And the reason I got into D&I - So, oftentimes, many people perceive me as not being a Latina; many people don't realize that I'm actually Hispanic. I'm actually an immigrant, I wasn't born in the US. And so growing up, oftentimes people would question whether my mother was my mother, because of the color of her skin; she happens to have a darker tone. And so growing up, I really started to understand the different biases people carry, just based on how quickly we tend to judge individuals just based on what we see and ideas we've developed over time.

When I had my kids, both of my kids are neurodiverse, they both are on the autism spectrum. My oldest is 11, and the youngest is 9. And so learning that side, navigating the world that really isn't prepared to handle someone with autism... Navigating the health system, the educational system, and really starting to advocate for them kind of propelled me to get more into leadership positions. I joined a nonprofit board. Eventually, I got onto the school board. And I've always seeked positions in tech where I had the opportunity to really open doors for people who are in underrepresented groups. I've had the opportunity to work at top tech companies, such as Microsoft and Amazon, advocating for diversity and inclusion, and, most recently, this year, I launched my consultancy, Divergent Consulting Group.

SULLIVAN: Thank you so much. It was really interesting to hear your view of what D&I can do for a company. And also, especially as a white person, you know, I was trained to see white as the default, and I'm still—like, I've been aware of that for many years—but also, it's still in there. It takes forever to get it out. So I really appreciated your focus on: it's an activity. It's something you have to keep doing, and keep doing, and keep learning over the course of your life. And keep making mistakes, and keep learning from those mistakes.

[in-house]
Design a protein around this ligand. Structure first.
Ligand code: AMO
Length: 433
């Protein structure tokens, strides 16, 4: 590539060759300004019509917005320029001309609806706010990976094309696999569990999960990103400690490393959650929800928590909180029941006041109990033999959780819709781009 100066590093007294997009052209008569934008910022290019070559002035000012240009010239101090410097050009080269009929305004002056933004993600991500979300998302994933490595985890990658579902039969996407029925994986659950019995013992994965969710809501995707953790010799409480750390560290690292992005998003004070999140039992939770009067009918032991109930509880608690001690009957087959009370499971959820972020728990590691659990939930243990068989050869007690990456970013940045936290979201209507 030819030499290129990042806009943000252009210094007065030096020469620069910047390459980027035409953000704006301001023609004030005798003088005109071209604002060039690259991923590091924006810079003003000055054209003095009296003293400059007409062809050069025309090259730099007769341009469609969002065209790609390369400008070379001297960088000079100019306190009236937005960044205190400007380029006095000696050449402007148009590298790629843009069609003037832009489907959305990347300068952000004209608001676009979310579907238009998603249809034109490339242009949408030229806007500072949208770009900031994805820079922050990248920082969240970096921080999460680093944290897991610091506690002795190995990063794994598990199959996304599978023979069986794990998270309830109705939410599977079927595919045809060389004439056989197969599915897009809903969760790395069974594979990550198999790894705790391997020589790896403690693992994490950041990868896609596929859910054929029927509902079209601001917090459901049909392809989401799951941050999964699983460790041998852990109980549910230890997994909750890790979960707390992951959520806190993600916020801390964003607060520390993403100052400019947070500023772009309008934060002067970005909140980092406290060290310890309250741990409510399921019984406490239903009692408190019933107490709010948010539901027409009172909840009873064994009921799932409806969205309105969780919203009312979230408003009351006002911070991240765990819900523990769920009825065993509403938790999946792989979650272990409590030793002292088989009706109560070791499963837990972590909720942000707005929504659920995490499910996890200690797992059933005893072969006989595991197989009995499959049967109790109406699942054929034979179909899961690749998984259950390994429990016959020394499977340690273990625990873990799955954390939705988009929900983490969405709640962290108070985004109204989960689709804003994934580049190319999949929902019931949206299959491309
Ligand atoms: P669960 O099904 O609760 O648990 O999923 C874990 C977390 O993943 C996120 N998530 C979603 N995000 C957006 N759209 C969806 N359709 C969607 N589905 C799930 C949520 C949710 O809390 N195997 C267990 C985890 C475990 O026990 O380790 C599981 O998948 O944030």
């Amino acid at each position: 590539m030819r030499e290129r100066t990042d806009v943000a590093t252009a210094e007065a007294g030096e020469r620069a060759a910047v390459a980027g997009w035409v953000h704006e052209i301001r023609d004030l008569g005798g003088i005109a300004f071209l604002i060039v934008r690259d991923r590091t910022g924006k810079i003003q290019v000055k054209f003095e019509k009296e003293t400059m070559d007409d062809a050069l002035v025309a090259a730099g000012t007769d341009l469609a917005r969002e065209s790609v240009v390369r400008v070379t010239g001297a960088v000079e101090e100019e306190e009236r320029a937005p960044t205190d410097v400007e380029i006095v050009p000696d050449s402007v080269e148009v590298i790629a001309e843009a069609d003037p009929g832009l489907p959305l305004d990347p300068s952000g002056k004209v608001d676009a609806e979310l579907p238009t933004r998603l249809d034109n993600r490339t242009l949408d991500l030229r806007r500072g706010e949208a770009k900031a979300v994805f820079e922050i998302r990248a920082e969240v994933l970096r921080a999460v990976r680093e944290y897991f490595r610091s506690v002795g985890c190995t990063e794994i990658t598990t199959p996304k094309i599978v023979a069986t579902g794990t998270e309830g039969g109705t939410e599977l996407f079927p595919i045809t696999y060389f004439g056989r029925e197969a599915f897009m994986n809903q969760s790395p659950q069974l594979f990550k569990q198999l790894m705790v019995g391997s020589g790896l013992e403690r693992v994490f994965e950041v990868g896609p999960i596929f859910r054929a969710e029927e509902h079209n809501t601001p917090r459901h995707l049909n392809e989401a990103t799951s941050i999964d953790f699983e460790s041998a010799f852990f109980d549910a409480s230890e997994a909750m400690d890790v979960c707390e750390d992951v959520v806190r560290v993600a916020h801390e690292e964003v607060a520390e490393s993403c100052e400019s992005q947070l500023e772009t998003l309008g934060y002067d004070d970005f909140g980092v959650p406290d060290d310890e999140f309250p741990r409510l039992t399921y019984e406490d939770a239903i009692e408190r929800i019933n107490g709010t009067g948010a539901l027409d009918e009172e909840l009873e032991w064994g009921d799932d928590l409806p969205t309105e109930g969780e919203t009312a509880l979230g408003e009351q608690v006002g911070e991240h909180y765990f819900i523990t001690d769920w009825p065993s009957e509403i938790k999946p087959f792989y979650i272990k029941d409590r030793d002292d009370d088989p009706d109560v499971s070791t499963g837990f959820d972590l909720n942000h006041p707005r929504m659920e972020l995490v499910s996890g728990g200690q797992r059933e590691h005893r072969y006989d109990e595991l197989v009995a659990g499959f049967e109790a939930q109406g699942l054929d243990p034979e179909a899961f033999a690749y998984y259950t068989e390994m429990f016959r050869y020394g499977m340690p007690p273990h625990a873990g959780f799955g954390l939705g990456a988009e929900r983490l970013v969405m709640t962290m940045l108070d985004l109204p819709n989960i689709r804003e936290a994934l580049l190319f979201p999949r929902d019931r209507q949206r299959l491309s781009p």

Because I feel like a lot of times it's framed as a thing you should just be. And that feels like one day you'll achieve it, and you'll be an inclusive person. As opposed to a constant effort on your part to include people and make the world a better place to be. So I just really appreciated that, and you saying that.

How can workplaces be more inclusive of autistic and neurodivergent people?

And you did mention that your kids are neurodivergent, so I was wondering if we could talk a little bit about autism in the workplace, because I assume that that's a piece that you've thought of. Because I know, as a parent of autistic and ADHD kids, I think a lot about, "How will my kids function in a workplace in the future?" Especially with sensory processing issues, with different access needs— And I would just love to hear some of your perspective on that. Is there something that workplaces can be doing to help? And how can workplaces adapt to be more inclusive of neurodivergent people of all stripes when they come in the doors?